Thank you for visiting One City. This blog is no longer being updated. Please enjoy the archives. Here are some other blogs you may also enjoy: Most Recent Buddhist Story By Beliefnet Most Recent Inspiration blog post Happy Reading!

posted 2:29:05pm Aug. 27, 2012 | read full post »

Mixing technology and practice
There were many more good sessions at the Wisdom 2.0 conference this weekend. The intention of the organizers is to post videos. I'll let you know when. Here are some of my notes from a second panel. How do we use modern, social media technologies — such as this blog — to both further o

posted 3:54:40pm May. 02, 2010 | read full post »

Wisdom 2.0
If a zen master were sitting next to the chief technical officer of Twitter, what would they talk about? That sounds like a hypothetical overheared at a bar in San Francisco. But this weekend I saw the very thing at Soren Gordhamer's Wisdom 2.0 conference — named after his book of the same nam

posted 1:43:19pm May. 01, 2010 | read full post »

The Buddha at Work - "All we are is dust in the wind, dude."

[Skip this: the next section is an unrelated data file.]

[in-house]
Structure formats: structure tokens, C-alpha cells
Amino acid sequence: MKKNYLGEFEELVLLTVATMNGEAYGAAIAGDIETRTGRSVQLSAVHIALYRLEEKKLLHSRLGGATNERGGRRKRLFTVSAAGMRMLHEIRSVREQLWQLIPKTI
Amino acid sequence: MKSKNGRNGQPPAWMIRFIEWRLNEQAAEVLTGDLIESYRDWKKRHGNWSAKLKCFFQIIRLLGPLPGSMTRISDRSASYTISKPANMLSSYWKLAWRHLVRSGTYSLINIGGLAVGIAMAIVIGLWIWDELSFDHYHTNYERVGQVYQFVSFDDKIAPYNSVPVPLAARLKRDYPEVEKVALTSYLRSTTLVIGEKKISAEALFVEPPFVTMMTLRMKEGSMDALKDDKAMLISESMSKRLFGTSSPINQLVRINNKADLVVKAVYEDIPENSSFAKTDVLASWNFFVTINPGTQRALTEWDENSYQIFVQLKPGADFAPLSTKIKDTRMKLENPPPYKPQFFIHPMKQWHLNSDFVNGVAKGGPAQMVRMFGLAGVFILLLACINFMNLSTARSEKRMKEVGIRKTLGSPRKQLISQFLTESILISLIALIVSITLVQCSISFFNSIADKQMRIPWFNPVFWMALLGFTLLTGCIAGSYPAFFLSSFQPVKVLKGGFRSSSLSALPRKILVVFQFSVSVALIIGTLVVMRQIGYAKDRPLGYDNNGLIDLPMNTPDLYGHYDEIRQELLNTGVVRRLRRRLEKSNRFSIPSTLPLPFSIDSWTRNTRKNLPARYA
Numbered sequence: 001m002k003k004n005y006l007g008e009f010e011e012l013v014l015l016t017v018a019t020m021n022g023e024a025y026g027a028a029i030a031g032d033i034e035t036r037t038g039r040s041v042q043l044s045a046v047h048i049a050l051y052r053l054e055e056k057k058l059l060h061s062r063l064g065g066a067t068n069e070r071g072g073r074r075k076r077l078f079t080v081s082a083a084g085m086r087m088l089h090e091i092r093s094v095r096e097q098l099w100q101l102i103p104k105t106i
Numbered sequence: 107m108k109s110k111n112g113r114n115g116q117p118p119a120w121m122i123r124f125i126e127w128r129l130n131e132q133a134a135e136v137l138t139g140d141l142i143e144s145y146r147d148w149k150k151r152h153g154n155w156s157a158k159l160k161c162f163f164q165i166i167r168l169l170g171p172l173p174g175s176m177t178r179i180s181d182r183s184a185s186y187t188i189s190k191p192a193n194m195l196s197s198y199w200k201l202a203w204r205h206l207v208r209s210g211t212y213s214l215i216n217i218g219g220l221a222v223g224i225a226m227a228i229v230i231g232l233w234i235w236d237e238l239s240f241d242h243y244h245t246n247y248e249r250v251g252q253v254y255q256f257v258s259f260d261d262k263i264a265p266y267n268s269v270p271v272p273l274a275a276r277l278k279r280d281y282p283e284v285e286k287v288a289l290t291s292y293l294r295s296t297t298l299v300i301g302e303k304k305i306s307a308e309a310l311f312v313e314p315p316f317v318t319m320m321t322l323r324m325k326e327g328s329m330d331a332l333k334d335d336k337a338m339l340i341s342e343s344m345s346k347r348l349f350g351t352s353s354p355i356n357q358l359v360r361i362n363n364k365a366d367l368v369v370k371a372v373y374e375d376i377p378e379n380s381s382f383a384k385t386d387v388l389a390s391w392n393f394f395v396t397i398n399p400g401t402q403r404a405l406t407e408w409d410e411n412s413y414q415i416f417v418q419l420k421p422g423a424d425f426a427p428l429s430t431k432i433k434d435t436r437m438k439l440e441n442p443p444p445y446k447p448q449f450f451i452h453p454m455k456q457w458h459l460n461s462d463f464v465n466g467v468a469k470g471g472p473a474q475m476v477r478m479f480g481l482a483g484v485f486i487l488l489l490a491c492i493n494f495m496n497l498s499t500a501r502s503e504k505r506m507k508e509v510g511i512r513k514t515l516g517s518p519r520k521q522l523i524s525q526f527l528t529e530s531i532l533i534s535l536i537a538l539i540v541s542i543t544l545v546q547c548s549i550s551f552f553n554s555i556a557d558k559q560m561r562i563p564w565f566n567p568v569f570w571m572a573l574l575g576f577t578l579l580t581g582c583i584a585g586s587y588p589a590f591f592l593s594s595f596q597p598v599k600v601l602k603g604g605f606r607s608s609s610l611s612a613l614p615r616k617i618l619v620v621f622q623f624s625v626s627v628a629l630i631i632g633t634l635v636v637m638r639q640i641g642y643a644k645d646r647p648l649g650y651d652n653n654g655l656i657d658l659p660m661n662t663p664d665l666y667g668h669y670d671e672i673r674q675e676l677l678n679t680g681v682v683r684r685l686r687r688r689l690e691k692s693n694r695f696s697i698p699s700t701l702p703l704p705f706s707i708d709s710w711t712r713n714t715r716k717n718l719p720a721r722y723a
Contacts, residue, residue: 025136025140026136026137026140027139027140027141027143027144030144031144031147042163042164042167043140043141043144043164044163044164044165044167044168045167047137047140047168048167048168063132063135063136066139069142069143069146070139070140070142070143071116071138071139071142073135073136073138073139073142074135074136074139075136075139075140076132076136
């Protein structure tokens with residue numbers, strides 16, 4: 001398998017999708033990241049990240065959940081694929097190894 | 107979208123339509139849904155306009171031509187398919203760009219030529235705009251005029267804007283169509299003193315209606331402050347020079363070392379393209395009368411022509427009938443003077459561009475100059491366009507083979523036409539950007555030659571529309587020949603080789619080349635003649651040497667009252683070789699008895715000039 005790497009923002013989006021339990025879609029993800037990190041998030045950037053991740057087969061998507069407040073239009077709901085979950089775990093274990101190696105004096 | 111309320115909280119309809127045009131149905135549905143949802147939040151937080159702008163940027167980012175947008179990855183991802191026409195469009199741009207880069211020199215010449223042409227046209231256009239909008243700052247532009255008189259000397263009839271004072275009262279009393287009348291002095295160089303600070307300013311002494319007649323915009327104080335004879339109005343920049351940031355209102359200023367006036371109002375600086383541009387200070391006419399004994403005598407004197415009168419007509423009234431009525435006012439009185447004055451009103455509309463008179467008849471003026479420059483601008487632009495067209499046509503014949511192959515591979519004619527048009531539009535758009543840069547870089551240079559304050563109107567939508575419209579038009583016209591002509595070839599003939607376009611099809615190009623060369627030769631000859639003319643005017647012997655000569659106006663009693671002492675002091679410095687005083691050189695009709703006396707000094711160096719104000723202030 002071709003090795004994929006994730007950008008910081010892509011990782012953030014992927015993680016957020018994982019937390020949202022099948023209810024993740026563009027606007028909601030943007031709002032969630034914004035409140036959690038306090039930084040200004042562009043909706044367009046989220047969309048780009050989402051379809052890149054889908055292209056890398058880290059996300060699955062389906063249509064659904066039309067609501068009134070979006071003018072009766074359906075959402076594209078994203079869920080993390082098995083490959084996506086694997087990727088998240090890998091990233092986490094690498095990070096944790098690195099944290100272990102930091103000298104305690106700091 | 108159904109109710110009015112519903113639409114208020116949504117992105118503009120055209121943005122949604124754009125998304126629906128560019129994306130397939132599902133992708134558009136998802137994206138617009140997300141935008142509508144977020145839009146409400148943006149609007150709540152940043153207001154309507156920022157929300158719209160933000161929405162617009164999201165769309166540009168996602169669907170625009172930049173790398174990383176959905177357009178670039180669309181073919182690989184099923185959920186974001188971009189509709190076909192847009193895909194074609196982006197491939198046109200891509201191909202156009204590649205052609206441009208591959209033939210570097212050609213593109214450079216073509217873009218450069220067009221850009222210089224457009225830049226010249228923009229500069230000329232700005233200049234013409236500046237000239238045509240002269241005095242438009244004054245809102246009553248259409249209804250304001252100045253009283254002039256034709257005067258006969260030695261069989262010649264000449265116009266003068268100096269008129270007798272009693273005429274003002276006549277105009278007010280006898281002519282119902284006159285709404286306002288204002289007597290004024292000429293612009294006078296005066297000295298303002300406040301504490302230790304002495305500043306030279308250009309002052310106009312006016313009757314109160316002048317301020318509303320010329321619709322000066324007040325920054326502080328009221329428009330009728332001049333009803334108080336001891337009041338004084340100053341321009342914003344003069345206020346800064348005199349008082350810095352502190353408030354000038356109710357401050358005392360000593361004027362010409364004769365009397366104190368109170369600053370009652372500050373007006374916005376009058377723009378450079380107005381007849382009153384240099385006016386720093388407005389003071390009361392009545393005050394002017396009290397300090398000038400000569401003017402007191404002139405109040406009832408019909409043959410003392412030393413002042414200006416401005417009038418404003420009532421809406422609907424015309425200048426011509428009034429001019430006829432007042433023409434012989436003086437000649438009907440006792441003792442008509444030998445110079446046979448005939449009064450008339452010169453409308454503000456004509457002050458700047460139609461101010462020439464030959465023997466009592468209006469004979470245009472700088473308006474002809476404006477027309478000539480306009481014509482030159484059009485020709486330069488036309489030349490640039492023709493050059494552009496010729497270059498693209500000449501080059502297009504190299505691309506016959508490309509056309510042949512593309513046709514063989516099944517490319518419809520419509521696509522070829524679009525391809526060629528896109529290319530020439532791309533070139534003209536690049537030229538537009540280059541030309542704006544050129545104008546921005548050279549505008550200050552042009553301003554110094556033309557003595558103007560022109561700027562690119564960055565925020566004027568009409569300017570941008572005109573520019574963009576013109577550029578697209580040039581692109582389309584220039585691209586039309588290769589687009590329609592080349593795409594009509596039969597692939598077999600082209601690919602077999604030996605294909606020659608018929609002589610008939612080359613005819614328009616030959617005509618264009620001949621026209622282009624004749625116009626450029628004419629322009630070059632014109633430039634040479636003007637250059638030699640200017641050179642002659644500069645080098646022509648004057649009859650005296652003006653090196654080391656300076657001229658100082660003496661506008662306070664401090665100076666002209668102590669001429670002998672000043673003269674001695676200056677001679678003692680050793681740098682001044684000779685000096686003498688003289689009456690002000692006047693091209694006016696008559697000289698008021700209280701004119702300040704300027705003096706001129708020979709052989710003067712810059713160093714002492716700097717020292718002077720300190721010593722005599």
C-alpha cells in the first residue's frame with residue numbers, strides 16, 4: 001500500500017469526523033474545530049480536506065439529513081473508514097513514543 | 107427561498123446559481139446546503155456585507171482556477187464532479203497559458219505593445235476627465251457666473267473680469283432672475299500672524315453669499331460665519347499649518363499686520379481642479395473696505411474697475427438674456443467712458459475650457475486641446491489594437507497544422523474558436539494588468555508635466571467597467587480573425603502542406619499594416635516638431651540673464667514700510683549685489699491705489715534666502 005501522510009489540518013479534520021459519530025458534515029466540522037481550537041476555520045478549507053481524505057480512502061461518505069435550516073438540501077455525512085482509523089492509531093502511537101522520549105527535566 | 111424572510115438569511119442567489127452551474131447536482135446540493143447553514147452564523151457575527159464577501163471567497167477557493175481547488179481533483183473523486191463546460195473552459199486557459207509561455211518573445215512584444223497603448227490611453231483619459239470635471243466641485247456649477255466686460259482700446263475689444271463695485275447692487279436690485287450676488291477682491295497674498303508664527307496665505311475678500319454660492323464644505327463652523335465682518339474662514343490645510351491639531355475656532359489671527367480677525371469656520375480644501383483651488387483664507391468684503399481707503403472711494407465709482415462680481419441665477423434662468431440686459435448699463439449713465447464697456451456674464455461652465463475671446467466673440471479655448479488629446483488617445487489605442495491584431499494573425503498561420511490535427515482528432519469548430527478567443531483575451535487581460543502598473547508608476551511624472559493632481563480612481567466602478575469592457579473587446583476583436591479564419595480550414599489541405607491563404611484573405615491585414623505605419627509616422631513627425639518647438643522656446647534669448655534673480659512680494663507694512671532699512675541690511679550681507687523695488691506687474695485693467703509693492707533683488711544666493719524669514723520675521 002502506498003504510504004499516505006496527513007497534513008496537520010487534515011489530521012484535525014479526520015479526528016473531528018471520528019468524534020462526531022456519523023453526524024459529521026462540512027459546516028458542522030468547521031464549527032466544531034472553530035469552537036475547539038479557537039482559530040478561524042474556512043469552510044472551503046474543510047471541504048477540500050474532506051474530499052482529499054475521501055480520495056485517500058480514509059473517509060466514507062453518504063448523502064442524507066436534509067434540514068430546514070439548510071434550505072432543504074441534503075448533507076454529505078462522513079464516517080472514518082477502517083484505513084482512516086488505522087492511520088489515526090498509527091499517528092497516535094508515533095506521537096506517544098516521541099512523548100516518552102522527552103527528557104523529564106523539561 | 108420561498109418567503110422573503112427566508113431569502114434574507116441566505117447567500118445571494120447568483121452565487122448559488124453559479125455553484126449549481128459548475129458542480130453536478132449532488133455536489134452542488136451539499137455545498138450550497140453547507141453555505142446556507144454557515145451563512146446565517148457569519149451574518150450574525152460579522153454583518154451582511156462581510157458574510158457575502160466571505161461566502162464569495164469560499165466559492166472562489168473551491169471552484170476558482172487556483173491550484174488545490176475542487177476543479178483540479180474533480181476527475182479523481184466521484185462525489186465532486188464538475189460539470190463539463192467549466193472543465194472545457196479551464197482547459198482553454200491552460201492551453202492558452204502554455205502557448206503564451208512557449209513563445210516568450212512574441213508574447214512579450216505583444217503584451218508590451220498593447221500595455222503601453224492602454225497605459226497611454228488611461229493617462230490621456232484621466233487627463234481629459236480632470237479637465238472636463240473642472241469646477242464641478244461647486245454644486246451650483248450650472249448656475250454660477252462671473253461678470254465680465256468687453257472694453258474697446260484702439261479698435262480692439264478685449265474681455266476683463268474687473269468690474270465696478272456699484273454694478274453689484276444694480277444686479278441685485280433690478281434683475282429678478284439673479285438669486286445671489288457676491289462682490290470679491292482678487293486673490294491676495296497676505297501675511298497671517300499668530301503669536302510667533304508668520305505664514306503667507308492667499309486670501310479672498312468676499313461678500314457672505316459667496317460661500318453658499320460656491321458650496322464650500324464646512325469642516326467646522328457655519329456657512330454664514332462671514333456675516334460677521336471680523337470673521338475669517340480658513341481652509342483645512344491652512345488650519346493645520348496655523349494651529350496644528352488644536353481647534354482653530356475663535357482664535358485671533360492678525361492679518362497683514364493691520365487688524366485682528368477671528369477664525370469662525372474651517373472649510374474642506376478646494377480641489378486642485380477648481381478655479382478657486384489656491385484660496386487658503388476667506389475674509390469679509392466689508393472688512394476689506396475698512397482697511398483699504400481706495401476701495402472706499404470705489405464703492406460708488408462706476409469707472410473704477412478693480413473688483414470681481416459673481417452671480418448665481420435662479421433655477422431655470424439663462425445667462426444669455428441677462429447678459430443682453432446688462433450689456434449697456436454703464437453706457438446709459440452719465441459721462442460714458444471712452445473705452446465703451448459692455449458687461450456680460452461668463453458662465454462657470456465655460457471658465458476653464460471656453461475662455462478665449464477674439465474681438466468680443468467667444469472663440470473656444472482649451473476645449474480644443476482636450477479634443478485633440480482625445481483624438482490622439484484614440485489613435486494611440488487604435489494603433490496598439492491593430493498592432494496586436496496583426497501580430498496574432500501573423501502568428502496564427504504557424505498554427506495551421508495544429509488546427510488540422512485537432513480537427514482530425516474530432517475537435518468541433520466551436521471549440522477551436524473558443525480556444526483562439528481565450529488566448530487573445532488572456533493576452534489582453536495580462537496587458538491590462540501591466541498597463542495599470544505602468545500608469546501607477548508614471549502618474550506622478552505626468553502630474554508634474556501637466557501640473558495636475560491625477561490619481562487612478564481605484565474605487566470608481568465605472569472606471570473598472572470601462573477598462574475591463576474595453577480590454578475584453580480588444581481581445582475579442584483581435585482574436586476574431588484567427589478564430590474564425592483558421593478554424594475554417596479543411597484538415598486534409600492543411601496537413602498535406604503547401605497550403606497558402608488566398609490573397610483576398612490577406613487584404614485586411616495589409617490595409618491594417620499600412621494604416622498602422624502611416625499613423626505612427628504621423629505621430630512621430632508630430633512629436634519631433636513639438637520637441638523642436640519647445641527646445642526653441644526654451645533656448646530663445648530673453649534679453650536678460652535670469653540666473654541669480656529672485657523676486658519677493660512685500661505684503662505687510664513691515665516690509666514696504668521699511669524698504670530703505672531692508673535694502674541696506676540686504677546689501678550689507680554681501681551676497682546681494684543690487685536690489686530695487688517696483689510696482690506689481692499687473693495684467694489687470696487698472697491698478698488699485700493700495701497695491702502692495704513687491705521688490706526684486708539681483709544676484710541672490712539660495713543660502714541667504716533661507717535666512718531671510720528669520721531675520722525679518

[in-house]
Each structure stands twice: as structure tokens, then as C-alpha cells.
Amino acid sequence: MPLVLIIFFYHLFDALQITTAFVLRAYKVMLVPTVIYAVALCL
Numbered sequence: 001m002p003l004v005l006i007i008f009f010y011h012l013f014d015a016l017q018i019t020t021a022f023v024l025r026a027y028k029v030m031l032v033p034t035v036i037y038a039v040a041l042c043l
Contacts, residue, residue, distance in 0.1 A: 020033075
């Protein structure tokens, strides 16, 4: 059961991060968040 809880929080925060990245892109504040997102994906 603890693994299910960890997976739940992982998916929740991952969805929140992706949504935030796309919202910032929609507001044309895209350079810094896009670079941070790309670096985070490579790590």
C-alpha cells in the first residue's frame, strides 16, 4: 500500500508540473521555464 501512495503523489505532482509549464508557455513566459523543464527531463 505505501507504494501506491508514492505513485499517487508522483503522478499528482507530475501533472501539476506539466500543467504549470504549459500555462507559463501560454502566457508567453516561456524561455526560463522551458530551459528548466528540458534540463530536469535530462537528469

"The only true wisdom consists of knowing that you know nothing." - Alex Winter, as Bill S. Preston, Esq. in Bill and Ted's Excellent Adventure"That's us, dude!" - Keanu Reeves, as Ted "Theodore" LoganWhoa! Excellent! I've had impermanence on my mind recently. I've talked about it her

posted 2:20:00pm Jan. 28, 2010 | read full post »

Sometimes You Find Enlightenment by Punching People in the Face
This week I'm curating a guest post from Jonathan Mead, a friend who inspires by living life on his own terms and sharing what he can with others.  To quote from Jonathan's own site, Illuminated Mind: "The reason for everything: To create a revolution based on authentic action. A social movemen

posted 12:32:23pm Jan. 27, 2010 | read full post »




Report as Inappropriate

You are reporting this content because it violates the Terms of Service.

All reported content is logged for investigation.